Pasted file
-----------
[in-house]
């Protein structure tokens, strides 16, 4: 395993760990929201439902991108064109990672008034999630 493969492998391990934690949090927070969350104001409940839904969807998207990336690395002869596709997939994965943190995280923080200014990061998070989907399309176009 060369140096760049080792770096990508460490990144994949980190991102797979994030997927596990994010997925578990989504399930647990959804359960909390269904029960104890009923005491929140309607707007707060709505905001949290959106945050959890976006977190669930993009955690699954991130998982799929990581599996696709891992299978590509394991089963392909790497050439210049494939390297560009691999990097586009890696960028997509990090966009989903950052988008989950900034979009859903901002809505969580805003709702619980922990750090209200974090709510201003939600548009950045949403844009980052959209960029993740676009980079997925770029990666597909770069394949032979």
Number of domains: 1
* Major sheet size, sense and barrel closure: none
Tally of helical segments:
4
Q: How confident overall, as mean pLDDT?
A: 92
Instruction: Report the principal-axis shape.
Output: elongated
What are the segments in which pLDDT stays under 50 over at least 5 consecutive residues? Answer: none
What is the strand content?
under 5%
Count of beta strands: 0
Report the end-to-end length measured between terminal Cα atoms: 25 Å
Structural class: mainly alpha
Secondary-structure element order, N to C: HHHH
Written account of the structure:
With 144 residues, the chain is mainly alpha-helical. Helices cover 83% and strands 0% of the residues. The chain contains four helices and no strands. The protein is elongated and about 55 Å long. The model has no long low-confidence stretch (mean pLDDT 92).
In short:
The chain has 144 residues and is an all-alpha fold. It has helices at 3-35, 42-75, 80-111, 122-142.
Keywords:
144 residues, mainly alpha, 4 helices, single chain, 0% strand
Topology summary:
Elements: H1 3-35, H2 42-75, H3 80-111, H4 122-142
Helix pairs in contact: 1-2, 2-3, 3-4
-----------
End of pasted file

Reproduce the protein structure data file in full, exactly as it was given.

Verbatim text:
[in-house]
């Protein structure tokens, strides 16, 4: 395993760990929201439902991108064109990672008034999630 493969492998391990934690949090927070969350104001409940839904969807998207990336690395002869596709997939994965943190995280923080200014990061998070989907399309176009 060369140096760049080792770096990508460490990144994949980190991102797979994030997927596990994010997925578990989504399930647990959804359960909390269904029960104890009923005491929140309607707007707060709505905001949290959106945050959890976006977190669930993009955690699954991130998982799929990581599996696709891992299978590509394991089963392909790497050439210049494939390297560009691999990097586009890696960028997509990090966009989903950052988008989950900034979009859903901002809505969580805003709702619980922990750090209200974090709510201003939600548009950045949403844009980052959209960029993740676009980079997925770029990666597909770069394949032979």
Number of domains: 1
* Major sheet size, sense and barrel closure: none
Tally of helical segments:
4
Q: How confident overall, as mean pLDDT?
A: 92
Instruction: Report the principal-axis shape.
Output: elongated
What are the segments in which pLDDT stays under 50 over at least 5 consecutive residues? Answer: none
What is the strand content?
under 5%
Count of beta strands: 0
Report the end-to-end length measured between terminal Cα atoms: 25 Å
Structural class: mainly alpha
Secondary-structure element order, N to C: HHHH
Written account of the structure:
With 144 residues, the chain is mainly alpha-helical. Helices cover 83% and strands 0% of the residues. The chain contains four helices and no strands. The protein is elongated and about 55 Å long. The model has no long low-confidence stretch (mean pLDDT 92).
In short:
The chain has 144 residues and is an all-alpha fold. It has helices at 3-35, 42-75, 80-111, 122-142.
Keywords:
144 residues, mainly alpha, 4 helices, single chain, 0% strand
Topology summary:
Elements: H1 3-35, H2 42-75, H3 80-111, H4 122-142
Helix pairs in contact: 1-2, 2-3, 3-4